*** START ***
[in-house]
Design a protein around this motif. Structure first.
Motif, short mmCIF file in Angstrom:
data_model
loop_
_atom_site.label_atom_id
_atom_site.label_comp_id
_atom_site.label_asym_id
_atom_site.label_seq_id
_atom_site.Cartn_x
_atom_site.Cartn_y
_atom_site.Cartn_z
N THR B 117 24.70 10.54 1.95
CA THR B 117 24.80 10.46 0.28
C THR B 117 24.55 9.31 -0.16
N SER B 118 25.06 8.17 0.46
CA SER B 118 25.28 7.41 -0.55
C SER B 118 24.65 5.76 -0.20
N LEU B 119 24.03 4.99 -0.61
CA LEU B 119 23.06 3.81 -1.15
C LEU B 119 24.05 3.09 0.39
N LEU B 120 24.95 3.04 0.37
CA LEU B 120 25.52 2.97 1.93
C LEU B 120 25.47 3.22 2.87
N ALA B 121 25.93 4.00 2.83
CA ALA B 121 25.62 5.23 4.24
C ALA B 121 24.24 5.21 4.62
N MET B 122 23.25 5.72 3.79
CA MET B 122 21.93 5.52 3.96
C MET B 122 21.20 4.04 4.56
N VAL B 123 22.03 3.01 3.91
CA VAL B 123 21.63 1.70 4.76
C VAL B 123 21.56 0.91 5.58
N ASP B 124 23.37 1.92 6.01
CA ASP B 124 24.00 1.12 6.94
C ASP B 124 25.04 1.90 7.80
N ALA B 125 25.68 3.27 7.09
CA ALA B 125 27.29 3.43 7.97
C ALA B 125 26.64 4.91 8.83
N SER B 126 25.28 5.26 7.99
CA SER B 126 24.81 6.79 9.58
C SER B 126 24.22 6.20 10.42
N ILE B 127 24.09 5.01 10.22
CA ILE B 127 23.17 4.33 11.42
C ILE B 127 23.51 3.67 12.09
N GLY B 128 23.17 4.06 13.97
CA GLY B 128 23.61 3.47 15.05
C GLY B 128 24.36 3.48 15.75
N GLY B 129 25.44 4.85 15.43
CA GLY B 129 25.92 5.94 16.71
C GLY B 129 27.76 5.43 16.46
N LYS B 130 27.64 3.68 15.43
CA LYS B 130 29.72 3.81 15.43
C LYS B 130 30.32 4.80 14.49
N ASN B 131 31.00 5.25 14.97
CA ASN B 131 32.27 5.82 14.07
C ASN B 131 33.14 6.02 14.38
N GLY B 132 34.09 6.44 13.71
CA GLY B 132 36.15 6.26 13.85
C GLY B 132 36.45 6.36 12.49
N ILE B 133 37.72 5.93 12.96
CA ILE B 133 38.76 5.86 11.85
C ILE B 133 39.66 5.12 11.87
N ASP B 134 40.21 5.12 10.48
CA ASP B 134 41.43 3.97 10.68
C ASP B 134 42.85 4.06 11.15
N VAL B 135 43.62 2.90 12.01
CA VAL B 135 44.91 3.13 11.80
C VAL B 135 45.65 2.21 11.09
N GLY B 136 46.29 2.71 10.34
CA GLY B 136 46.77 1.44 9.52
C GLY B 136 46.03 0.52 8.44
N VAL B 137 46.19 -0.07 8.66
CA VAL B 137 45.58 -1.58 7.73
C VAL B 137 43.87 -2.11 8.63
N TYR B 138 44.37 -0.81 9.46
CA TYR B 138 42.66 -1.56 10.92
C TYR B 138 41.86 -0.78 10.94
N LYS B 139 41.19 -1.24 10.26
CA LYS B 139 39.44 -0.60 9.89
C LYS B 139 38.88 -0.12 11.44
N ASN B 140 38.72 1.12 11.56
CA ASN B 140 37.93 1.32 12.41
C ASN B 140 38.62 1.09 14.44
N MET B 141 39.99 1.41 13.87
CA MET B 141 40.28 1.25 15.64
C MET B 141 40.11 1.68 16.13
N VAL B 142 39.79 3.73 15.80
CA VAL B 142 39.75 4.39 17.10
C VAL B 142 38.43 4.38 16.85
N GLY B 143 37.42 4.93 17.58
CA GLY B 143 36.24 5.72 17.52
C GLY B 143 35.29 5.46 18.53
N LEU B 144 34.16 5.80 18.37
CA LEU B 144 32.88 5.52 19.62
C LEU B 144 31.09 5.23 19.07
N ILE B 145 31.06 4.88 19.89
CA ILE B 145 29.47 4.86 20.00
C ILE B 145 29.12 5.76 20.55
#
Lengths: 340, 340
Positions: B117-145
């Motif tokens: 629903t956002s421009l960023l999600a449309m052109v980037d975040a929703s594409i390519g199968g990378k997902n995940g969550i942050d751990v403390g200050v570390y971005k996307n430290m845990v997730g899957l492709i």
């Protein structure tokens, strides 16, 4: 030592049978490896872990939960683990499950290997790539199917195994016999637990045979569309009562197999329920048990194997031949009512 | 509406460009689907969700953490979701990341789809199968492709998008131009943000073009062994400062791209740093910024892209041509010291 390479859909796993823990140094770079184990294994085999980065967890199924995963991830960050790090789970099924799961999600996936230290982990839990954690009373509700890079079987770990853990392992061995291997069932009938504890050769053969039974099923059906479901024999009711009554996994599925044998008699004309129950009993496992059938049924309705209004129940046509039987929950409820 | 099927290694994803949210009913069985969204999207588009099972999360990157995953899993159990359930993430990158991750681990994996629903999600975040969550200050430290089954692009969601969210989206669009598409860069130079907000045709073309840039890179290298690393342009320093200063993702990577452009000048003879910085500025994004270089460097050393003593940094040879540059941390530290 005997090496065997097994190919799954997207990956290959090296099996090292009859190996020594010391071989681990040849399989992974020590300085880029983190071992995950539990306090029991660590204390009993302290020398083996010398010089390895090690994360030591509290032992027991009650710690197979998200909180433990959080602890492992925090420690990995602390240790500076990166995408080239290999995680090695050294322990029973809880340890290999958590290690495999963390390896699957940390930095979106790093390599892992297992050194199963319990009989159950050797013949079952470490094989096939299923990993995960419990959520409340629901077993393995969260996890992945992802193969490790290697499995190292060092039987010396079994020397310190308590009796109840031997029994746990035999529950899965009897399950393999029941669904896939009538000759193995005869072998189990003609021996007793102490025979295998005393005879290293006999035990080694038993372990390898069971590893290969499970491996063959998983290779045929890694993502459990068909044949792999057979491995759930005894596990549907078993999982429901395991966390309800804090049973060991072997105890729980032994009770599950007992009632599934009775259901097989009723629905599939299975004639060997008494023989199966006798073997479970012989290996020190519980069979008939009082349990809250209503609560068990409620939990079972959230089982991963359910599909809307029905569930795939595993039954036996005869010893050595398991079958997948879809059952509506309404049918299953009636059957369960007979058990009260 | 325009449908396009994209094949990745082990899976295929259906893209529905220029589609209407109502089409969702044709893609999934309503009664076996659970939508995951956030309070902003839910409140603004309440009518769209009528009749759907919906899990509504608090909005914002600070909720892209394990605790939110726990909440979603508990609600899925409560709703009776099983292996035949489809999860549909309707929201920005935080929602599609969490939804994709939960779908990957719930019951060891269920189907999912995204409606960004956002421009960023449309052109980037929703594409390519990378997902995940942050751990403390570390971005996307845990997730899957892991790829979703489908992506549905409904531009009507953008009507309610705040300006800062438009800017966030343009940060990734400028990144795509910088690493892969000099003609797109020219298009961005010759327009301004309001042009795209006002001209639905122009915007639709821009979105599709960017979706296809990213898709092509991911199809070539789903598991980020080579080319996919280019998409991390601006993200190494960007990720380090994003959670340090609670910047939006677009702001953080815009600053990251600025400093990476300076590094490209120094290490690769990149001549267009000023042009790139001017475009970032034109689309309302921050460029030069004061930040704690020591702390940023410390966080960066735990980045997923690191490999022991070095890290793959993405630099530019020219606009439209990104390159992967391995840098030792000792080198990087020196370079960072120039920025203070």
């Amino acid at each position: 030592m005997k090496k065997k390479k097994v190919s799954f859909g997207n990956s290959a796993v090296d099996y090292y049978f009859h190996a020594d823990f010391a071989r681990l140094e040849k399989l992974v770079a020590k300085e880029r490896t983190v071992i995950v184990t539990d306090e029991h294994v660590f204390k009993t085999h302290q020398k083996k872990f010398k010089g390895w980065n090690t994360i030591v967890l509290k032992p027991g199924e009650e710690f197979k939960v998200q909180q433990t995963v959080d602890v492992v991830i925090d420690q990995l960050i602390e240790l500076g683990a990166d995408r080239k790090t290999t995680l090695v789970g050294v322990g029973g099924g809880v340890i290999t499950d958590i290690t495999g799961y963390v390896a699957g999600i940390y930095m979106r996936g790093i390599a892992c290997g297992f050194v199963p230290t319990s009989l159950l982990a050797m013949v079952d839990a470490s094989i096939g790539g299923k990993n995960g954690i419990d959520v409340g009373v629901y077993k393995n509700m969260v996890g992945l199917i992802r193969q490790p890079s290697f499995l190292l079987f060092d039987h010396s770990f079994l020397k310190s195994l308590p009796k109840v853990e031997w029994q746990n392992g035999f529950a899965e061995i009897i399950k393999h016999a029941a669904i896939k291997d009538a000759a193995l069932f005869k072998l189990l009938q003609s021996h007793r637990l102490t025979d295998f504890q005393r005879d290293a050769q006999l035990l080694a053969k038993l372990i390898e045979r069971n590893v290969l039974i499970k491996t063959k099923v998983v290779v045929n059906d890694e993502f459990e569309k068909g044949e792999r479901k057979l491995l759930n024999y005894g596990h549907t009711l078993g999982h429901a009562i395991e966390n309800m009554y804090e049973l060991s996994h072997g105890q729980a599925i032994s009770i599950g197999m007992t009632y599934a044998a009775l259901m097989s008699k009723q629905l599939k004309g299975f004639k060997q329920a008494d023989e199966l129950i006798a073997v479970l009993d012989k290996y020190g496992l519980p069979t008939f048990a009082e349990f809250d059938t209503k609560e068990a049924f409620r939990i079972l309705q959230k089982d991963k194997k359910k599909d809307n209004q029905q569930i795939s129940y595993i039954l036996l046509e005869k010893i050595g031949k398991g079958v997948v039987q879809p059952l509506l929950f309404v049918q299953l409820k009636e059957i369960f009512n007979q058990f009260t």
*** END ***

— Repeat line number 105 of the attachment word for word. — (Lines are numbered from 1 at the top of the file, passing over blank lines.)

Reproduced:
């Amino acid at each position: 030592m005997k090496k065997k390479k097994v190919s799954f859909g997207n990956s290959a796993v090296d099996y090292y049978f009859h190996a020594d823990f010391a071989r681990l140094e040849k399989l992974v770079a020590k300085e880029r490896t983190v071992i995950v184990t539990d306090e029991h294994v660590f204390k009993t085999h302290q020398k083996k872990f010398k010089g390895w980065n090690t994360i030591v967890l509290k032992p027991g199924e009650e710690f197979k939960v998200q909180q433990t995963v959080d602890v492992v991830i925090d420690q990995l960050i602390e240790l500076g683990a990166d995408r080239k790090t290999t995680l090695v789970g050294v322990g029973g099924g809880v340890i290999t499950d958590i290690t495999g799961y963390v390896a699957g999600i940390y930095m979106r996936g790093i390599a892992c290997g297992f050194v199963p230290t319990s009989l159950l982990a050797m013949v079952d839990a470490s094989i096939g790539g299923k990993n995960g954690i419990d959520v409340g009373v629901y077993k393995n509700m969260v996890g992945l199917i992802r193969q490790p890079s290697f499995l190292l079987f060092d039987h010396s770990f079994l020397k310190s195994l308590p009796k109840v853990e031997w029994q746990n392992g035999f529950a899965e061995i009897i399950k393999h016999a029941a669904i896939k291997d009538a000759a193995l069932f005869k072998l189990l009938q003609s021996h007793r637990l102490t025979d295998f504890q005393r005879d290293a050769q006999l035990l080694a053969k038993l372990i390898e045979r069971n590893v290969l039974i499970k491996t063959k099923v998983v290779v045929n059906d890694e993502f459990e569309k068909g044949e792999r479901k057979l491995l759930n024999y005894g596990h549907t009711l078993g999982h429901a009562i395991e966390n309800m009554y804090e049973l060991s996994h072997g105890q729980a599925i032994s009770i599950g197999m007992t009632y599934a044998a009775l259901m097989s008699k009723q629905l599939k004309g299975f004639k060997q329920a008494d023989e199966l129950i006798a073997v479970l009993d012989k290996y020190g496992l519980p069979t008939f048990a009082e349990f809250d059938t209503k609560e068990a049924f409620r939990i079972l309705q959230k089982d991963k194997k359910k599909d809307n209004q029905q569930i795939s129940y595993i039954l036996l046509e005869k010893i050595g031949k398991g079958v997948v039987q879809p059952l509506l929950f309404v049918q299953l409820k009636e059957i369960f009512n007979q058990f009260t």